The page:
Lazy Gardener & Friends for August 1, 2019

By: Nature's Way Resources | Published 08/01/2019

Linkedin
Here is the 302st issue of our weekly gardening newsletter for Houston, the Gulf Coast and beyond. We really appreciate all of our readers hanging in there with us, sharing stories and inspiring us in so many ways. 
 
Thanks so much!
 
This newsletter is a project of The Lazy Gardener, Brenda Beust Smith & John Ferguson. (John is with Nature's Way Resources). We also have a great supporting cast of contributing writers and technical specialists who will chime in and tweak away regularly. We would love to keep receiving your input on this newsletter, comments, suggestions, questions. Email your thoughts to: lazygardenerandfriends@gmail.com. Thanks so much for your interest.
 
Please sign yourself up to receive this newsletter by clicking this link: "Join Our Mailing List". We will never sell or share our mailing list to protect the privacy of our subscribers.
 
Enjoy!
?
 
There is nothing I like better at the end of a hot summer's day
than taking a short walk around the garden. You can smell the
heat coming up from the earth to meet the cooler night air.
-- Peter Mayle
 
BY BRENDA BEUST SMITH
 
Feedback and queries from readers are what make this column really fun to do. Two who have introduced new (to me) plants recently are Dale Philips and Leon Macha.
 
Some time ago Dale wrote of his slow-to-bloom frangipani vine. "Being 83 now," he wrote, "I'm not happy waiting for blooms!”
 
Dale's was one of the queries that triggered last week's "Why isn't my plant blooming?" column. I was surprised to hear of a frangipani "vine."
 
 
Rather than being a true frangipani (or plumeria, the Hawaiian lei flower), the "frangipani vine" is actually a Chonemorpha fragrans, so nicknamed for its plumeria-like flowers. It's in the Apocynaceae family, a cousin of oleanders, periwinkles (vinca) and many other plants with a milky, latex sap.
 
Dale had been feeding his plumeria fertilizer and bone meal, both of which should help blooming. They hadn’t.
Right, Dale Philips' frangipani vine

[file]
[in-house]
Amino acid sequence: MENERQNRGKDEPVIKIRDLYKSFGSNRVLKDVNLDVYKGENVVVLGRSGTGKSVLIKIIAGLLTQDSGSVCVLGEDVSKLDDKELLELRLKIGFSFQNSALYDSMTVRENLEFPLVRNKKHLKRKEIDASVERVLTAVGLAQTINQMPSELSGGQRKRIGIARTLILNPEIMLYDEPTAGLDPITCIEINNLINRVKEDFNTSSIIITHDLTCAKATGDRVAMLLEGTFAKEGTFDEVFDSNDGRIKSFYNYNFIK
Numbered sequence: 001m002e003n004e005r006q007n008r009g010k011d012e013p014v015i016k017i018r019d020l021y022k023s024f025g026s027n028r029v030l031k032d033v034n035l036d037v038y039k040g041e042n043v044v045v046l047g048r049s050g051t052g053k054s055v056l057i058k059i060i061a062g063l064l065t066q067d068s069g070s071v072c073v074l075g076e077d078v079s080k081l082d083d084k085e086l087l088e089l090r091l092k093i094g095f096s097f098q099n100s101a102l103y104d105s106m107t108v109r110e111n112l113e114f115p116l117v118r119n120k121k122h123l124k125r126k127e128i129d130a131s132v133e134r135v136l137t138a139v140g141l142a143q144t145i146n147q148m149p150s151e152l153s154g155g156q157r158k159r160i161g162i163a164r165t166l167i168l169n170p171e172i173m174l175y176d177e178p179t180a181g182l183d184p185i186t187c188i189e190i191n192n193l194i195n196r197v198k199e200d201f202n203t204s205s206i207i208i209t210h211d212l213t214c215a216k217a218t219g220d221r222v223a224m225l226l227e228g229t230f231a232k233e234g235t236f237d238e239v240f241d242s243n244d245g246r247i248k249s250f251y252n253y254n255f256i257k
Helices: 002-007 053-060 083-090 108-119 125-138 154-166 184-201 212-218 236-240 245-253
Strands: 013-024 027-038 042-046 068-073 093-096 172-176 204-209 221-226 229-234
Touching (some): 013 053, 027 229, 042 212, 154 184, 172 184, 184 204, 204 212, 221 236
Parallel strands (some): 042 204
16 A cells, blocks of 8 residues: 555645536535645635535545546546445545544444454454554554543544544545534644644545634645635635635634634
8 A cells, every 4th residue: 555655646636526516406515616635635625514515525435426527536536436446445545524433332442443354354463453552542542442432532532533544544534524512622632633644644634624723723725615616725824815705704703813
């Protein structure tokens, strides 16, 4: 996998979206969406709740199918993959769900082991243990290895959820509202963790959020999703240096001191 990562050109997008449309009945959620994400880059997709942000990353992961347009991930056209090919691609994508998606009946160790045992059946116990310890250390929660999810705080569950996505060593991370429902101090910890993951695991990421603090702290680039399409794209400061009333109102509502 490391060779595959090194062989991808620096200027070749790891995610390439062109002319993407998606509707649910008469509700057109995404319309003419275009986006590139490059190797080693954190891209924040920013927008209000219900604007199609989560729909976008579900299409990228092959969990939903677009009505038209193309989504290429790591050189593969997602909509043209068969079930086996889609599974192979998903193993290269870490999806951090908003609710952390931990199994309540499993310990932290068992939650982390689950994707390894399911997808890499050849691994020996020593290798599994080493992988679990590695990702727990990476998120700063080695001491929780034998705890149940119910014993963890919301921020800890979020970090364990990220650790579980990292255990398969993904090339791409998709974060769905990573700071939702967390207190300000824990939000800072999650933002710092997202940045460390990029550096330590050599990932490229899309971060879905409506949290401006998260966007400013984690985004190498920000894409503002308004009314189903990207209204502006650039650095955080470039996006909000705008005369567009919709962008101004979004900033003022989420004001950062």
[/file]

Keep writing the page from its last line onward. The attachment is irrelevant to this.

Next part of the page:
As I have often admitted, my real expertise is knowing where the real experts are. Linda Gay knew exactly what it was and said to “pray for a mild winter.” It will need protection here. Among her notes to Dale:
  • Flowers spring/summer
  • Few insect/disease problems.
  • Likes full/partial sun and southern, eastern or western exposure
  • Needs solid wood (no frost damage or dormancy in winter) to flower. Greenhouse an option?
  • Staying too wet in winter will also trigger dormancy which will affect blooming
  • Bring soil to state of visual dryness between waterings
 
The frangipani vine's other important need: Space. This native of India, where it grows up trees, can reach 40 ft. in length. Not much is known, however, about how energetically it grows here. Keep us posted, Dale!
 
* * *
 
GRANDMA'S YELLOW ROSE in our recent Superstar issue listings really grabbed Leon Macha's attention. He has five thriving at his El Campo area home.
 
All Leon's Grandma's Yellow Roses receive all day sun and are now into an awesome fifth round of flowering this year! As soon as a floral flush starts to wane, Leon cuts back at least 1/3 to larger diameter stems. This, he says, is why his bushes have so many bloom explosions.
 
 
Leon's longtime association with Greenleaf Nursery (one of North America’s largest wholesale growers) says the key to these, and other, roses is sun, sun and more sun. When he cuts a bush back, whenever possible,
 
"I want to be cutting stems of substantial size, not just a few inches below the spent flower where the stem is toothpick size. A larger stem has fat buds that reward you with more vigorous re-growth and nice fat flower buds.
 
“If you are paying attention, every 2 weeks there are stems that you can WHACK-OFF (my favorite pruning term) and the progression of new buds and flowers gets to be a constant event. Pruning is not a deep thought process.”
  
However, he cheerfully admits many gardeners “…would have cardiac arrest if they observed my approach.” For the past decade, a now retired Leon has shared his gardening advice through around 300 columns in the "El Campo Leader."
 
The "Grandma" honored by this rose is Tillie Jungman, grandmother of Dr. Larry Stein, AgriLife Extension horticulturist and its developer, along with Jerry Parsons & Greg Grant, all of whom agree this is: as "dang near" the perfect yellow rose as they've ever seen. Who else would tell you these things?
 
* * *
 
 
 
Sandra Nichols, Dale Phillip's Friendswood neighbor, sent in this picture of Dale’s fennel, left, and a swallowtail it pleased. Sandra has released dozens of swallowtails from her own fennel and dill (right above) plants.
 
Right below,
swallowtail chrysalis
 
* * *
TEXAS MASTER NATURALISTS. Just as most counties in Texas now have Master Gardener programs, the Texas Master Naturalist (https://txmn.org) program is successfully spreading across the state, encouraging “beneficial management of natural resources and natural areas within their communities.”
 
 
Last year, the Texas Master Naturalists celebrated their 20th anniversary with around 50 chapters now actively educating folks about our native flora and fauna. With the steadily growing interest in Pollinator/Habitat Gardens, Master Naturalists definitely have a lot to teach home gardeners about our many beneficial and ornamental native plants.
 
Fall Master Naturalist certification training will start this fall across the state (Find program closest to you: 
Comments •
Article Categories
X
Log In to Comment